Despite Ray Chapman's deadly beaning in 1920, batting helmets were not made required in Major League Baseball until 1971, as a result of numerous years of hospitalizations due to head injuries. They had, however, been in use for some years before they were deemed required. From 1871 to 1970, there were only two known deaths due to hits by pitches.
During World War II, when many ballplayers were serving in the military, there was a decline in the number of deaths due to hits by pitches, but no such decline after the war. It wasn't until 1971 that major league players began being required to wear protective headgear. In 1972, a new rule was adopted requiring all major league players to wear helmets.
There have been several notable cases of players being injured by hits by pitches since the requirement was enacted. Mark McGwire and Jose Lima are two recent examples. In 1997, while playing for the New York Mets, Dave Kingman was killed by a pitch from Mike Morgan. The first recorded death due to a hit by pitch occurred in 1871. Ray Chapman was struck in the head by a pitch thrown by Charles Radbourn of the Cleveland Infants/Indians. He was taken to a hospital where he died four days later.
During the nineteenth century, no batter wore a helmet. "Gloves" were not popular until the late 1880s, while the baseball has had the same size, weight, and leather design since 1872. The National League of Professional Base Ball Clubs attempted to regulate uniforms only once, in 1882. The American League adopted this rule at its founding in 1901, but soon after removed it for the purpose of competition fairness.
Batter's helmets first appeared in the major leagues in 1895, when they were mandated by the Major League Rules Committee. The requirement was quickly dropped, but it proved so popular that it was reinstated in 1902. It was again made optional during the season, but all players now were required to wear one. The last batter to go unprotected was Babe Ruth on April 13, 1920.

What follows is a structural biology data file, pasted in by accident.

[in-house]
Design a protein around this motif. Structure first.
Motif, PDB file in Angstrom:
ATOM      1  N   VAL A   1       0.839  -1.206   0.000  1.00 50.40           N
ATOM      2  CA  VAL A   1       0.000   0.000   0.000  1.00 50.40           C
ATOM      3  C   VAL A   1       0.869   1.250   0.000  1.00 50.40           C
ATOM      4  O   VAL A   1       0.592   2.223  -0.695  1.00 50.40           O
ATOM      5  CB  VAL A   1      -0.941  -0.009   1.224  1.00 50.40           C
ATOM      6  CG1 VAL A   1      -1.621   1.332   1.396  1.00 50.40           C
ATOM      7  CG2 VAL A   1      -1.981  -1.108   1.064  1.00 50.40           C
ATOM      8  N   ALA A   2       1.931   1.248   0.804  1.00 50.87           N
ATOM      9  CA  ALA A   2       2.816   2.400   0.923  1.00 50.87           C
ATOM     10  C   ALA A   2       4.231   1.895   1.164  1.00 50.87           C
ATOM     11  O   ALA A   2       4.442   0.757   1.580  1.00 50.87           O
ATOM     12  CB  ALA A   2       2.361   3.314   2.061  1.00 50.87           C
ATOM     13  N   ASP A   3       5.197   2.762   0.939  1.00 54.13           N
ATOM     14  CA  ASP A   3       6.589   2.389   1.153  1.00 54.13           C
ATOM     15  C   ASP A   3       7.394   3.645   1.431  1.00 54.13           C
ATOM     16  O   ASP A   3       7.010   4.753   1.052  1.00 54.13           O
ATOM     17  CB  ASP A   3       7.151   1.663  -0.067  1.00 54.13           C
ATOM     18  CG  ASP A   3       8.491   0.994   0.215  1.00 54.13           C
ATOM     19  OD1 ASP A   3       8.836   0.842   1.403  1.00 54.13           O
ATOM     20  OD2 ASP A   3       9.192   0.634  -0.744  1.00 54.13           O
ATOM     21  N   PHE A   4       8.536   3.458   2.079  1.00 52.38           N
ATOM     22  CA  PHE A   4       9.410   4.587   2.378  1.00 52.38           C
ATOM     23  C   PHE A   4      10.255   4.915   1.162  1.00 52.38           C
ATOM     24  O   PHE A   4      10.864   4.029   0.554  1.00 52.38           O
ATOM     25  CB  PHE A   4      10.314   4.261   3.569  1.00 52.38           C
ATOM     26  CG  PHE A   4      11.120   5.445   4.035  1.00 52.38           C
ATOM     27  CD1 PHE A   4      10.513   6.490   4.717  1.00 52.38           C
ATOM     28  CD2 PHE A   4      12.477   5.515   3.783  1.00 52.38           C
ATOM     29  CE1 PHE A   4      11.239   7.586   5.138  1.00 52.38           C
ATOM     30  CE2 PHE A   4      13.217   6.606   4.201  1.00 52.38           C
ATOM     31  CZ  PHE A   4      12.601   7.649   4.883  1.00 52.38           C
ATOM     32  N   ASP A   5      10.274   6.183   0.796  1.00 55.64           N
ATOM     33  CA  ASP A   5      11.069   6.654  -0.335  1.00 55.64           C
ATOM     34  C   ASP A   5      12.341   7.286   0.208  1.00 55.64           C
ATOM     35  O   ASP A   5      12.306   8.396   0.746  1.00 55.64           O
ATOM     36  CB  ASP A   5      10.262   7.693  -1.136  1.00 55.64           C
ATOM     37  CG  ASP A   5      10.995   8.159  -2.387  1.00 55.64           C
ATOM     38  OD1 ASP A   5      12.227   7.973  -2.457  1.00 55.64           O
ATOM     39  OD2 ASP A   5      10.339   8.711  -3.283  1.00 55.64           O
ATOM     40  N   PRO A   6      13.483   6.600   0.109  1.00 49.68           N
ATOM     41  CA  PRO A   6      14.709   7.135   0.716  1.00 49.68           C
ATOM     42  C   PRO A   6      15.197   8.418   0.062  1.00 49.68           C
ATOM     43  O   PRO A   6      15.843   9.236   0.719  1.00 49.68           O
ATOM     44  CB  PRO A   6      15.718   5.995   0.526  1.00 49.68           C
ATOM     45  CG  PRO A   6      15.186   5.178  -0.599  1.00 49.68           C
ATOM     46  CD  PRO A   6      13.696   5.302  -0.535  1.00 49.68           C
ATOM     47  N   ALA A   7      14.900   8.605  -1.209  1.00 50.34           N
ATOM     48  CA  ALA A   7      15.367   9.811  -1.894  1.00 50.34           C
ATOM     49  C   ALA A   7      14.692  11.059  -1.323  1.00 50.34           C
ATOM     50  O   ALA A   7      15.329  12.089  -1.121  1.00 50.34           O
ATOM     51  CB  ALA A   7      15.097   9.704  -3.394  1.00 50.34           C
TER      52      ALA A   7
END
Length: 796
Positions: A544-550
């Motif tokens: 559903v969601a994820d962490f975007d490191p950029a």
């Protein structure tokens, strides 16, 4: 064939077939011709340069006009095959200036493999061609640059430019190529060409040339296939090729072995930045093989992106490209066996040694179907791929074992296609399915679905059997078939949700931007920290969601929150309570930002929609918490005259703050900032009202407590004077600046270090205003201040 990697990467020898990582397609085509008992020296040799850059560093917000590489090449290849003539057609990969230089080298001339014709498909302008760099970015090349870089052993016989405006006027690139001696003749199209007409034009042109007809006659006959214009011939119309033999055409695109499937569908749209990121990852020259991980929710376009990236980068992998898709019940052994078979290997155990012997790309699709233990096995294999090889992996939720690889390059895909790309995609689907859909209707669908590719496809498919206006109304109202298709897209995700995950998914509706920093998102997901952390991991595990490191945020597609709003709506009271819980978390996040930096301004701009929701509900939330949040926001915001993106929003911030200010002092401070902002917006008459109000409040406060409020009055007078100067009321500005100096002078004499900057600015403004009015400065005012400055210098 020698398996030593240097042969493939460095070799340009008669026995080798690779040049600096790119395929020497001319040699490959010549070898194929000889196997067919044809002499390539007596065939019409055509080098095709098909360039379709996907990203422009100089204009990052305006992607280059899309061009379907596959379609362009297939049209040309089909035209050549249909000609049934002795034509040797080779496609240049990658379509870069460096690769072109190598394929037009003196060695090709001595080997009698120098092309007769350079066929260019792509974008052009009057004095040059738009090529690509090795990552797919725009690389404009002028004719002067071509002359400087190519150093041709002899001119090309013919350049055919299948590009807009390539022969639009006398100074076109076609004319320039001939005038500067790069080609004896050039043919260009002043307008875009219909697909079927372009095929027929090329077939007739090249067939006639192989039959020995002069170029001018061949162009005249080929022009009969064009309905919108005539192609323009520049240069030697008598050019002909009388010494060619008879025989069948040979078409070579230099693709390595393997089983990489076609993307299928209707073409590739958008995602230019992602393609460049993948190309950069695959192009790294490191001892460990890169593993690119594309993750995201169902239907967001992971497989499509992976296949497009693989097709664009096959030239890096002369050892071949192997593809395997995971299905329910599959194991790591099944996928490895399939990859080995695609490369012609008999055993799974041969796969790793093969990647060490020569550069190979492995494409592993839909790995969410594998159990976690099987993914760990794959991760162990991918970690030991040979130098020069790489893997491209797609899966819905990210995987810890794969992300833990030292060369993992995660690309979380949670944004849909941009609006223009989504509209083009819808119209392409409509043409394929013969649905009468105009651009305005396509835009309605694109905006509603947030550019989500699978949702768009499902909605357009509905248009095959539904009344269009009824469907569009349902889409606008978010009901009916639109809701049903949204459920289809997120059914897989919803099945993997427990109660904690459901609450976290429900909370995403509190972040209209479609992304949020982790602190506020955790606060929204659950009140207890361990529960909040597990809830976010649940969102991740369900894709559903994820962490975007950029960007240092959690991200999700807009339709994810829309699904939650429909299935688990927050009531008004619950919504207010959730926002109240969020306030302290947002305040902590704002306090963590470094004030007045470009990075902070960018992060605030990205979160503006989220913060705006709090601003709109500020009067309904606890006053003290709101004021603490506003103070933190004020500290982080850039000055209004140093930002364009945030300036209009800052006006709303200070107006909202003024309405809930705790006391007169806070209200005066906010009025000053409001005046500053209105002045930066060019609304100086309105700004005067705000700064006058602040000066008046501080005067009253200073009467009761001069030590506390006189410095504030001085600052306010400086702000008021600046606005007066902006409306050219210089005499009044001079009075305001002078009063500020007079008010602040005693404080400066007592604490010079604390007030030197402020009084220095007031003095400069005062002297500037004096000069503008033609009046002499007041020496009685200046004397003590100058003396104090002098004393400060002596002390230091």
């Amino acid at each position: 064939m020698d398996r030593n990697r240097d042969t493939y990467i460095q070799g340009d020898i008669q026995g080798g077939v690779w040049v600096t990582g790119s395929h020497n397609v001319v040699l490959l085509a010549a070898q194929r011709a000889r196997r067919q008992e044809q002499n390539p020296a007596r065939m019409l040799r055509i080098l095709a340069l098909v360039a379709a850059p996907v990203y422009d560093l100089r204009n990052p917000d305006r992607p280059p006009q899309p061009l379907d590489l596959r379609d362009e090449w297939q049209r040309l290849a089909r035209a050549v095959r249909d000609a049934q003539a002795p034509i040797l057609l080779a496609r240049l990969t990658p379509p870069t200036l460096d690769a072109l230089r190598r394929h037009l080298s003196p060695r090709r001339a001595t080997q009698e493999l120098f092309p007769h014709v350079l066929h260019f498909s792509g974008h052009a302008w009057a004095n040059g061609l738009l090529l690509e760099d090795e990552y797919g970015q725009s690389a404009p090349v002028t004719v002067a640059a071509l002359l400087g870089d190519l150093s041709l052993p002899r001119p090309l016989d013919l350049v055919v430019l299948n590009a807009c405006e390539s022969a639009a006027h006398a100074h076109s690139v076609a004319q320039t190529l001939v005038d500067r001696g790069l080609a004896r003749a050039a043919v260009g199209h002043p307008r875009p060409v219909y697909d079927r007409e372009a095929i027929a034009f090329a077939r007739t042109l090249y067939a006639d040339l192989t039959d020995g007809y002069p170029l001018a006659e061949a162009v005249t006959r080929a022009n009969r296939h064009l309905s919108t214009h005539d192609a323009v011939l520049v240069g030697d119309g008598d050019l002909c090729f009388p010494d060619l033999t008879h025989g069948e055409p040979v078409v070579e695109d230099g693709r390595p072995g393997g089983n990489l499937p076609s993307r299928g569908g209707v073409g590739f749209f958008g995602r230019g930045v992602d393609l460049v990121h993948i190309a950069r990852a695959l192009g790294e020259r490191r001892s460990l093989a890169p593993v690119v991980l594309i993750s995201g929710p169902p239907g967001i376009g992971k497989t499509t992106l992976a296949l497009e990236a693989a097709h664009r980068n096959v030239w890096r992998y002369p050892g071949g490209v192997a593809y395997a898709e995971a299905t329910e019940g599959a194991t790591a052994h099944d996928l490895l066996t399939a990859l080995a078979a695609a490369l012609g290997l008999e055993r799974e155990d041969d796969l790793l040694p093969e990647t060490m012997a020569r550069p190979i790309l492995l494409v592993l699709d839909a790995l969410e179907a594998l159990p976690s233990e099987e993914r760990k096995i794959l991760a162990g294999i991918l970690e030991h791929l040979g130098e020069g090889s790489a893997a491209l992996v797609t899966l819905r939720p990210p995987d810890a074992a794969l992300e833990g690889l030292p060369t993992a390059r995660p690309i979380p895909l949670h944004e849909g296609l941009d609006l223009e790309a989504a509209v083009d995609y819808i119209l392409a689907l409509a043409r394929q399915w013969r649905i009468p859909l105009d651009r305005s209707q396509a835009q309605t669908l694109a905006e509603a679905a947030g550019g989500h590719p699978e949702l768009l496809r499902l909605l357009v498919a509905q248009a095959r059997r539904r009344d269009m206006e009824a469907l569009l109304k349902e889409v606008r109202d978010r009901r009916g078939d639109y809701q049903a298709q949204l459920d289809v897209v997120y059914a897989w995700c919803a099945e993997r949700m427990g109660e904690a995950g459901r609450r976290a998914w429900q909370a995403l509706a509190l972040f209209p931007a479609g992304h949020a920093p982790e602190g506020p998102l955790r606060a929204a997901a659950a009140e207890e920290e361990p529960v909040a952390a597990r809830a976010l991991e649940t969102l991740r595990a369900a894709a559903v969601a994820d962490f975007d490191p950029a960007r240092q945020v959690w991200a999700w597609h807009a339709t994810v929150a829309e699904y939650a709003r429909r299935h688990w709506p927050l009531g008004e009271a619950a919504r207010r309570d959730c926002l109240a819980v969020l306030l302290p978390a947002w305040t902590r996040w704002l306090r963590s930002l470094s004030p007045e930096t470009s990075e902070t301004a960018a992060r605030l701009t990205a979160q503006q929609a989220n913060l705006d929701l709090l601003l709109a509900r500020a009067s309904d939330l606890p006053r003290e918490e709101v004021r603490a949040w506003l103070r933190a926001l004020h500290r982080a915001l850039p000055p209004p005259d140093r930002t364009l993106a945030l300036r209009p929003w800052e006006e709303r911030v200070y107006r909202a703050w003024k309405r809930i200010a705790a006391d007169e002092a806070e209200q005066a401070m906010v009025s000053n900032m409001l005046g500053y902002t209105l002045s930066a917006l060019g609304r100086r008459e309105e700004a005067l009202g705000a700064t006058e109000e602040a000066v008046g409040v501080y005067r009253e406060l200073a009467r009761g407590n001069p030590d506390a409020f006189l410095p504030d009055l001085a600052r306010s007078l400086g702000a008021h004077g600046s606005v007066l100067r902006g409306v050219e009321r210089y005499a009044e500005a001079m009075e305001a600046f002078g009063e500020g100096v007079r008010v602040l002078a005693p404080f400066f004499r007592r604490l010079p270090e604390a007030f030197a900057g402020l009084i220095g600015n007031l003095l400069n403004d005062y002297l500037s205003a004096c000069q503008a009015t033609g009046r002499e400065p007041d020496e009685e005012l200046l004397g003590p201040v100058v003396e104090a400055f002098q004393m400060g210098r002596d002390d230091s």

After the 1912 season, there was a major change in the look of baseball when the Boston Red Sox introduced a new style of uniform featuring short sleeves and a flat front with a pleat down the center. The Philadelphia Athletics followed suit a few months later. These are considered the first true modern baseball uniforms. From then on, every team wore some version of these designs until the 1970s, when they were replaced by overalls-style clothing.
In 2001, Major League Baseball approved a new batting helmet designed to reduce the risk of head injuries. This is the only thing that batters wear today.
Some athletes in the ultra-masculine sports world believed that wearing helmets made them seem weak. Others found the additional equipment to be distracting or overly heavy. In any case, they'd rather risk harm, if not death, than play baseball their way. It would take more than two decades after Chapman's death for a team to require head protection.
It all boils down to comfort and performance for the dozen or so guys who don't wear batting gloves at all. Mark Grace played in the major leagues for 16 seasons, the majority of which he did not use batting gloves.
They were created in the same manner as ordinary baseball caps, but with protecting plate inserts. These hats did not provide the kind of protection that we have today, but they were a start in the right direction. The first models of today's fortified batting helmets appeared in the early 1950s. They are made largely of plastic and can be painted to match the uniform of the ballplayer who wears them.